The story of the authentic ratatouille in the English speaking world is sad and happy at the same time.
Happy, because thanks to a Disney movie with the same title from 2007, this incredibly delicious staple dish of the southern French region, Provence, became known all over the world. That’s how Hollywood can make anything famous.
And sad, because that’s how Hollywood can make anything famous.
The Disney Version Of Ratatouille
Chances are, if you are reading this from the US, ratatouille for you is something like in the picture below. A nicely plated dish of thinly sliced late-summer vegetables, namely eggplant, zucchini and tomatoes. Or aubergine, courgette and tomatoes of course, for my readers from the UK.
Making a quick Google search for the word “ratatouille” from the US reinforces this, and you have basically the same results from the UK. Under the image search results, 13 out of 21 recipe images in the first three rows show something similar or even more fancy. That’s about 62%. It almost makes you think that this is the actual dish. Not to mention how intimidating it can be for the average home cook trying to imagine themselves cooking something like this.
But let’s do this same search from France. Interestingly, the results are almost completely different. Only 3 out of 18 pictures show the fancy version, that’s only 17%.
The same dish, completely different results. And which one do you think reflects more what a real authentic ratatouille is?
An authentic ratatouille, made by everyday people in Provence, can have several different variations, but it’s never a nicely plated dish of thinly sliced ingredients. It is instead a vegetable stew or ragout, where one of the distinctive characteristics is the velvety mushiness of the slightly overcooked eggplant and zucchini.
In an authentic ratatouille, eggplants, zucchini, tomato, and bell peppers are diced or sliced, pre-sautéed or not, but they are always cooked together slowly with other ingredients to form a stew which resembles more a mash (or mess??) than anything Insta-worthy these days. An ‘ugly delicious’ dish as I tend to call these type of recipes. But please don’t take the word ugly literally.
What’s Sad About This?
As I stated above, this story has a bright side, getting ratatouille to a broad audience worldwide. But it is definitely not the French ratatouille that has been popularized in the movie, but a partly altered, partly imaginary version. Resulting in half of the world knowing ratatouille but thinking it is something else than what it is in reality.
In my opinion, this whole phenomenon represents how much companies with large communication power, Hollywood; social media; the press in general, can influence what we think is true.
Misrepresenting part of a culture is one thing. Making thousands if not millions believe something is true when it isn’t is another one. Food blogger moms and celebrity chefs have rushed to prepare their own version, one with the nicely sliced veggies, of the so called ‘authentic’ ratatouille since the movie has been released. They themselves believe this is the French dish, and they become part of the misinformation-operation when spreading that same false information they’ve never checked.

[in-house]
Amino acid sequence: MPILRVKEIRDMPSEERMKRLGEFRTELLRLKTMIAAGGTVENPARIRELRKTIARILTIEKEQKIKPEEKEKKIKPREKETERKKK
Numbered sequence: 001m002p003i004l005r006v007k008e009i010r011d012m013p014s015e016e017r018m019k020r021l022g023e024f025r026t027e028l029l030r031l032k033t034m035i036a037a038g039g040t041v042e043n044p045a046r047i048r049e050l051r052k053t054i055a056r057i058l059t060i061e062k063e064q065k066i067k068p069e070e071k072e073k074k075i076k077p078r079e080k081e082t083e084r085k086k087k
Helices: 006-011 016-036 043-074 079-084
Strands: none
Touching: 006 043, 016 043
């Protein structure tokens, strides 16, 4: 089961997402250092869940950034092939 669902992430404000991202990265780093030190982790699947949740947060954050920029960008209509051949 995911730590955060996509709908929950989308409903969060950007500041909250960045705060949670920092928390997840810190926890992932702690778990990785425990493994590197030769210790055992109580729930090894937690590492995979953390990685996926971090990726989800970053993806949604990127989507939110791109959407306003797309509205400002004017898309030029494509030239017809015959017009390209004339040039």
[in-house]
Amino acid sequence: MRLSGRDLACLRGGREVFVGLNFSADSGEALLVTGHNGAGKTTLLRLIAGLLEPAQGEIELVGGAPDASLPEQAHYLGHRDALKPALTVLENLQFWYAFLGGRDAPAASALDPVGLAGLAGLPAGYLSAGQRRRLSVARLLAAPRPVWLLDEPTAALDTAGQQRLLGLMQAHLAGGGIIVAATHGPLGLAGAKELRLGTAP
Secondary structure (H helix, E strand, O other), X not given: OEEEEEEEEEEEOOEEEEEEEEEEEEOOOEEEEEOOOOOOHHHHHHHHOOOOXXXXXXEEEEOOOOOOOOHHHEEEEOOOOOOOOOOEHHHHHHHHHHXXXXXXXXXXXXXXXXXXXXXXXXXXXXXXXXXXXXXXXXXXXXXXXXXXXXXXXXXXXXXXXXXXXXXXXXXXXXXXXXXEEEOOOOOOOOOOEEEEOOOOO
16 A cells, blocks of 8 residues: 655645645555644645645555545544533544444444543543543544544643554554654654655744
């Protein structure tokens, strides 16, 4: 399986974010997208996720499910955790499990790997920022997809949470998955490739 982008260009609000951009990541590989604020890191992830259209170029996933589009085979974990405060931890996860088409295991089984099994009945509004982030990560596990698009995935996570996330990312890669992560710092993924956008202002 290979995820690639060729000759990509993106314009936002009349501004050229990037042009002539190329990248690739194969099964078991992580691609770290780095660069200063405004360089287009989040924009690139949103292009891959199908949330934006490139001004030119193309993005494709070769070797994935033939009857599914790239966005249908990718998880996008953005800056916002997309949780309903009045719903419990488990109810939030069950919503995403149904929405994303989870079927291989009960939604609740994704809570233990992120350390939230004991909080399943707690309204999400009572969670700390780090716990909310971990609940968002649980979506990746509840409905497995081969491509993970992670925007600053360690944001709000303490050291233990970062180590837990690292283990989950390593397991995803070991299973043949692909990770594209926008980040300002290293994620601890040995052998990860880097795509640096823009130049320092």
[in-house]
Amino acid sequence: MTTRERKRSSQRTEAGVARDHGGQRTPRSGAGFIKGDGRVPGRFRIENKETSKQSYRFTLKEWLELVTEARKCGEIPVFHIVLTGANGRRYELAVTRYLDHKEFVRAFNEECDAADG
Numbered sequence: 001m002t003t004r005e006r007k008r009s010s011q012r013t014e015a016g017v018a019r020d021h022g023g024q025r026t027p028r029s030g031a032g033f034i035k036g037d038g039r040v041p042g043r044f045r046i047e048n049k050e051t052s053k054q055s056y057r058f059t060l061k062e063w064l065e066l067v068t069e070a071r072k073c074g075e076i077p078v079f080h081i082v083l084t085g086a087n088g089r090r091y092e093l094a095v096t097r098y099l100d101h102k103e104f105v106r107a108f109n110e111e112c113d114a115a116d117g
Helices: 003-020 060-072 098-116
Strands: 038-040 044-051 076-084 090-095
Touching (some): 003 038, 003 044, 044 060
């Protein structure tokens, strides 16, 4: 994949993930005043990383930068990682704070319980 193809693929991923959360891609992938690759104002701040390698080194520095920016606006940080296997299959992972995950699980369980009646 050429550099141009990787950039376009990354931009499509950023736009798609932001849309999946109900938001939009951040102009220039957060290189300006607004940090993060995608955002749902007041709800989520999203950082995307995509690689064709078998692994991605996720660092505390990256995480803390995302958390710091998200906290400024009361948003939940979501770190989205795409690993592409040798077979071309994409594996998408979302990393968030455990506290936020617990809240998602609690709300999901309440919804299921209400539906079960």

Add to that the power of another information giant, Google. Those results I showed you above are not by chance. And the very inner workings of Google make it sure that, at least for English-speaking searches, the fancy-looking version has much higher probability of ranking than the real authentic one. If that’s what people want to see, that’s what big G will give them.
If we come back to the kitchen, home cooking should not be about how fancy looking your dish is. You cook for your enjoyment and to nourish the ones around you. Ratatouille is a simple home recipe, having all the aromas and feelings that the charming Mediterranean Provence has to offer during summertime. An authentic ratatouille is prepared to nourish and not to brag. In fact just by preparing it your kitchen would feel like if it was right at the rocky coastline near Nice.
So What Is The Disney Version?
Disney’s version from the movie, as I already mentioned, is actually not a ratatouille that you would find in Provence (Southern France).
It is instead a souped up version of another provençale dish from Nice, called Tian, and popularized as a fancy ratatouille (also called Confit byaldi) thanks to chef Thomas Keller, culinary advisor of the movie. It has almost the same ingredients, but it’s a different dish. (Read about the history of confit byaldi on Wikipedia.)
Media companies have a huge influence on what we think about the world. Do your research before believing anything, and not just assume than if it is written, even if it’s published by a big company, than it has to be the eternal, unquestionable truth.